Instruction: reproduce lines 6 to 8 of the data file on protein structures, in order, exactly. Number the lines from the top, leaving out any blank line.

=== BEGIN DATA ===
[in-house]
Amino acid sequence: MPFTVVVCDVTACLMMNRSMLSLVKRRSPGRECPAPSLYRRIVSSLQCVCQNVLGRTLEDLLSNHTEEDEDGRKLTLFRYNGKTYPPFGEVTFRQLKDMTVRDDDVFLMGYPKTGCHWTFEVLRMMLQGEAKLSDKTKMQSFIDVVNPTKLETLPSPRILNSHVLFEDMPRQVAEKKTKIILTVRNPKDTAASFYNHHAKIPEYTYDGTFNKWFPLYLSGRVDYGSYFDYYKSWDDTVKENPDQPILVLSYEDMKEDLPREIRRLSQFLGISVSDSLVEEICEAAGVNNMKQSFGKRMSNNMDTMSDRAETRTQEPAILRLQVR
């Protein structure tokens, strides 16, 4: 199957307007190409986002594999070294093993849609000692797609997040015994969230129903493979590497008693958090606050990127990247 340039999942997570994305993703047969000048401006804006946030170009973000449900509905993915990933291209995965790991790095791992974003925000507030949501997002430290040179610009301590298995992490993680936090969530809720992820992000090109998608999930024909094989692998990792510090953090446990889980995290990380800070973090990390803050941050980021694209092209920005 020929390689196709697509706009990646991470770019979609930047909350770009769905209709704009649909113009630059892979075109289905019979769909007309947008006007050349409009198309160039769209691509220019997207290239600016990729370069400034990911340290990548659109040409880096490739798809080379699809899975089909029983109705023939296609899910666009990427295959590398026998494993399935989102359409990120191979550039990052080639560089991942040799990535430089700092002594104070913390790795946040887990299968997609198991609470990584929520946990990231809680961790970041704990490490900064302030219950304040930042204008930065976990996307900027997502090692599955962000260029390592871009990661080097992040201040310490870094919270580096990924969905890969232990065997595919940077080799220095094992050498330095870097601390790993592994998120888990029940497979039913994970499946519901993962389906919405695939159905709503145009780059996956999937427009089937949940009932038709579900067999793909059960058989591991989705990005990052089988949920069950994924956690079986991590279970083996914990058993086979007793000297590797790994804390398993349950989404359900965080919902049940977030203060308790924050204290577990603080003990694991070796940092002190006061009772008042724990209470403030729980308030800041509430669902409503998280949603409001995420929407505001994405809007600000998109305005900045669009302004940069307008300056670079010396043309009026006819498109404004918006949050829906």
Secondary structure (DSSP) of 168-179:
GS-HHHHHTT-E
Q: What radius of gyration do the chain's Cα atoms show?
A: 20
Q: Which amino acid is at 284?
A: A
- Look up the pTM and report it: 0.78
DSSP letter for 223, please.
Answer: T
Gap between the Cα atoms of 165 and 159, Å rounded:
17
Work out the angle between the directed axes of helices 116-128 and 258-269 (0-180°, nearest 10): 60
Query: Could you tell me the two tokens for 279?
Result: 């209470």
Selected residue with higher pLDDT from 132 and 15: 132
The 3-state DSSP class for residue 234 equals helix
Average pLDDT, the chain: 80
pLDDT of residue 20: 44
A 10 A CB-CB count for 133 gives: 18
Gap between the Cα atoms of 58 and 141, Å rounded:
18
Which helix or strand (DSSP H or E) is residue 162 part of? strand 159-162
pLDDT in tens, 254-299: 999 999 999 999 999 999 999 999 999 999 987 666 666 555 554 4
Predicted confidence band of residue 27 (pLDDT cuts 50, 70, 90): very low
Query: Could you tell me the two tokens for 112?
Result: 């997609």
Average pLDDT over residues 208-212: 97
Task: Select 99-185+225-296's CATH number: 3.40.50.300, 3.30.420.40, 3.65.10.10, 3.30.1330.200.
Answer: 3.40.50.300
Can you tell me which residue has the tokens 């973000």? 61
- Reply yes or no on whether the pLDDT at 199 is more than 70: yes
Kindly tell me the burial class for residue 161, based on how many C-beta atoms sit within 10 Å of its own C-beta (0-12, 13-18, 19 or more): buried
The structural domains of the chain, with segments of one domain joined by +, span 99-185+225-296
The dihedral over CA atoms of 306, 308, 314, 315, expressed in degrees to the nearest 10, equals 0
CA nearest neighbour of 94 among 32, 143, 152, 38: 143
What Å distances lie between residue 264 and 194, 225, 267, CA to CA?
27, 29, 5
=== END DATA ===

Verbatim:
Q: What radius of gyration do the chain's Cα atoms show?
A: 20
Q: Which amino acid is at 284?